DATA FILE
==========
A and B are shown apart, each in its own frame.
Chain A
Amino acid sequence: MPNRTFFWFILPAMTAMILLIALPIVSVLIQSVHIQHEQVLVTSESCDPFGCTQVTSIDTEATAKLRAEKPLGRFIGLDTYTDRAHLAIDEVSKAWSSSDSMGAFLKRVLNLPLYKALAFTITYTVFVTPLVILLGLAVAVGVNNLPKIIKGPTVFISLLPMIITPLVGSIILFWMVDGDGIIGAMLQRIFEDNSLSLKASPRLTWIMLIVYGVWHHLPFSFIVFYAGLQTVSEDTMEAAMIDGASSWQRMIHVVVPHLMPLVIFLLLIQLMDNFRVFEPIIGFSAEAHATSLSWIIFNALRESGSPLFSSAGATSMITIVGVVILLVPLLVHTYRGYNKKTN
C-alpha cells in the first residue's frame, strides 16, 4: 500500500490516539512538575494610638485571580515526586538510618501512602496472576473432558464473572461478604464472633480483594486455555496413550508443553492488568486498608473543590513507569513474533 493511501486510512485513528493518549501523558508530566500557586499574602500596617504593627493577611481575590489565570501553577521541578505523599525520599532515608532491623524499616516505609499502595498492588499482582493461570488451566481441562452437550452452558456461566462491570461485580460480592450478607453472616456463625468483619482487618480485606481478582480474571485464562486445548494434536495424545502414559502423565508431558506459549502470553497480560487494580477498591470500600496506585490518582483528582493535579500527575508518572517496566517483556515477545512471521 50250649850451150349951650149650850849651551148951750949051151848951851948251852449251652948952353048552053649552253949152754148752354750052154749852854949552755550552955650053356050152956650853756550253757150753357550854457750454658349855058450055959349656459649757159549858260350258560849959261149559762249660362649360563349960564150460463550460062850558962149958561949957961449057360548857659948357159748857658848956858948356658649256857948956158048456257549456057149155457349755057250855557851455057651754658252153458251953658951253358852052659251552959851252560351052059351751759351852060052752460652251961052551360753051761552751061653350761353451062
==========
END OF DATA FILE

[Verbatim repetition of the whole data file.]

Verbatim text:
A and B are shown apart, each in its own frame.
Chain A
Amino acid sequence: MPNRTFFWFILPAMTAMILLIALPIVSVLIQSVHIQHEQVLVTSESCDPFGCTQVTSIDTEATAKLRAEKPLGRFIGLDTYTDRAHLAIDEVSKAWSSSDSMGAFLKRVLNLPLYKALAFTITYTVFVTPLVILLGLAVAVGVNNLPKIIKGPTVFISLLPMIITPLVGSIILFWMVDGDGIIGAMLQRIFEDNSLSLKASPRLTWIMLIVYGVWHHLPFSFIVFYAGLQTVSEDTMEAAMIDGASSWQRMIHVVVPHLMPLVIFLLLIQLMDNFRVFEPIIGFSAEAHATSLSWIIFNALRESGSPLFSSAGATSMITIVGVVILLVPLLVHTYRGYNKKTN
C-alpha cells in the first residue's frame, strides 16, 4: 500500500490516539512538575494610638485571580515526586538510618501512602496472576473432558464473572461478604464472633480483594486455555496413550508443553492488568486498608473543590513507569513474533 493511501486510512485513528493518549501523558508530566500557586499574602500596617504593627493577611481575590489565570501553577521541578505523599525520599532515608532491623524499616516505609499502595498492588499482582493461570488451566481441562452437550452452558456461566462491570461485580460480592450478607453472616456463625468483619482487618480485606481478582480474571485464562486445548494434536495424545502414559502423565508431558506459549502470553497480560487494580477498591470500600496506585490518582483528582493535579500527575508518572517496566517483556515477545512471521 50250649850451150349951650149650850849651551148951750949051151848951851948251852449251652948952353048552053649552253949152754148752354750052154749852854949552755550552955650053356050152956650853756550253757150753357550854457750454658349855058450055959349656459649757159549858260350258560849959261149559762249660362649360563349960564150460463550460062850558962149958561949957961449057360548857659948357159748857658848956858948356658649256857948956158048456257549456057149155457349755057250855557851455057651754658252153458251953658951253358852052659251552959851252560351052059351751759351852060052752460652251961052551360753051761552751061653350761353451062